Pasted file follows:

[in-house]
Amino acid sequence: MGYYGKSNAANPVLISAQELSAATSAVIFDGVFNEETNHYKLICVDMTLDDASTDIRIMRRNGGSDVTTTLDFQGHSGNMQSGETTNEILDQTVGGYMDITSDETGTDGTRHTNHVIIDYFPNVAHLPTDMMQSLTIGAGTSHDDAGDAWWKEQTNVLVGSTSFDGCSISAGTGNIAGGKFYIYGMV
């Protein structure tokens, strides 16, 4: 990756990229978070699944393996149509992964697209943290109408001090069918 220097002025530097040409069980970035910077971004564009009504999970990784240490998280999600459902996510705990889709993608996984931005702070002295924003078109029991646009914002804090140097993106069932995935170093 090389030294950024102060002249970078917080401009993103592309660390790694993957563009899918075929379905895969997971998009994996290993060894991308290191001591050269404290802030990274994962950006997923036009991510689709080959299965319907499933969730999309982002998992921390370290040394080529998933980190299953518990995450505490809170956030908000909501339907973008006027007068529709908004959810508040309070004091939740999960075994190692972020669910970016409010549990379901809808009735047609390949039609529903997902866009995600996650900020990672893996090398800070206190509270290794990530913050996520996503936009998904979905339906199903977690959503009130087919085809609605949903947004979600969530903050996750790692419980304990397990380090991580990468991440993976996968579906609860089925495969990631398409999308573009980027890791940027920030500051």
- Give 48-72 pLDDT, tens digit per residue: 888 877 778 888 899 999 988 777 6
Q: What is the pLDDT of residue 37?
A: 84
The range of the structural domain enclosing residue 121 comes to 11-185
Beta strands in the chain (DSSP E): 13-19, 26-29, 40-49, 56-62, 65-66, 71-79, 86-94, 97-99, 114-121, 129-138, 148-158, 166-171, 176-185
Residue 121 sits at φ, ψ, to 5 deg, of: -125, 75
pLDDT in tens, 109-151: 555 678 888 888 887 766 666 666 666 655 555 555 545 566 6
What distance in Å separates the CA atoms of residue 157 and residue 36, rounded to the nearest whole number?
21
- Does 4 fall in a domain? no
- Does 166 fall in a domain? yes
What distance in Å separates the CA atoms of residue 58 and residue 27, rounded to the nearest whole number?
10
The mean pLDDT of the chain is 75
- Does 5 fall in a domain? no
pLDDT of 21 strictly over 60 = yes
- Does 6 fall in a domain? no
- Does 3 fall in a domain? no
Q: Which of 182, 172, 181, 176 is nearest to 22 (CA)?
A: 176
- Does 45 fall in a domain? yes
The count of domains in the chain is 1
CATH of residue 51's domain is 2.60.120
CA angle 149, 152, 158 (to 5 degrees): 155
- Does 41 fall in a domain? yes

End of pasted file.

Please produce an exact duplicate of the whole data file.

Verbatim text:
[in-house]
Amino acid sequence: MGYYGKSNAANPVLISAQELSAATSAVIFDGVFNEETNHYKLICVDMTLDDASTDIRIMRRNGGSDVTTTLDFQGHSGNMQSGETTNEILDQTVGGYMDITSDETGTDGTRHTNHVIIDYFPNVAHLPTDMMQSLTIGAGTSHDDAGDAWWKEQTNVLVGSTSFDGCSISAGTGNIAGGKFYIYGMV
């Protein structure tokens, strides 16, 4: 990756990229978070699944393996149509992964697209943290109408001090069918 220097002025530097040409069980970035910077971004564009009504999970990784240490998280999600459902996510705990889709993608996984931005702070002295924003078109029991646009914002804090140097993106069932995935170093 090389030294950024102060002249970078917080401009993103592309660390790694993957563009899918075929379905895969997971998009994996290993060894991308290191001591050269404290802030990274994962950006997923036009991510689709080959299965319907499933969730999309982002998992921390370290040394080529998933980190299953518990995450505490809170956030908000909501339907973008006027007068529709908004959810508040309070004091939740999960075994190692972020669910970016409010549990379901809808009735047609390949039609529903997902866009995600996650900020990672893996090398800070206190509270290794990530913050996520996503936009998904979905339906199903977690959503009130087919085809609605949903947004979600969530903050996750790692419980304990397990380090991580990468991440993976996968579906609860089925495969990631398409999308573009980027890791940027920030500051």
- Give 48-72 pLDDT, tens digit per residue: 888 877 778 888 899 999 988 777 6
Q: What is the pLDDT of residue 37?
A: 84
The range of the structural domain enclosing residue 121 comes to 11-185
Beta strands in the chain (DSSP E): 13-19, 26-29, 40-49, 56-62, 65-66, 71-79, 86-94, 97-99, 114-121, 129-138, 148-158, 166-171, 176-185
Residue 121 sits at φ, ψ, to 5 deg, of: -125, 75
pLDDT in tens, 109-151: 555 678 888 888 887 766 666 666 666 655 555 555 545 566 6
What distance in Å separates the CA atoms of residue 157 and residue 36, rounded to the nearest whole number?
21
- Does 4 fall in a domain? no
- Does 166 fall in a domain? yes
What distance in Å separates the CA atoms of residue 58 and residue 27, rounded to the nearest whole number?
10
The mean pLDDT of the chain is 75
- Does 5 fall in a domain? no
pLDDT of 21 strictly over 60 = yes
- Does 6 fall in a domain? no
- Does 3 fall in a domain? no
Q: Which of 182, 172, 181, 176 is nearest to 22 (CA)?
A: 176
- Does 45 fall in a domain? yes
The count of domains in the chain is 1
CATH of residue 51's domain is 2.60.120
CA angle 149, 152, 158 (to 5 degrees): 155
- Does 41 fall in a domain? yes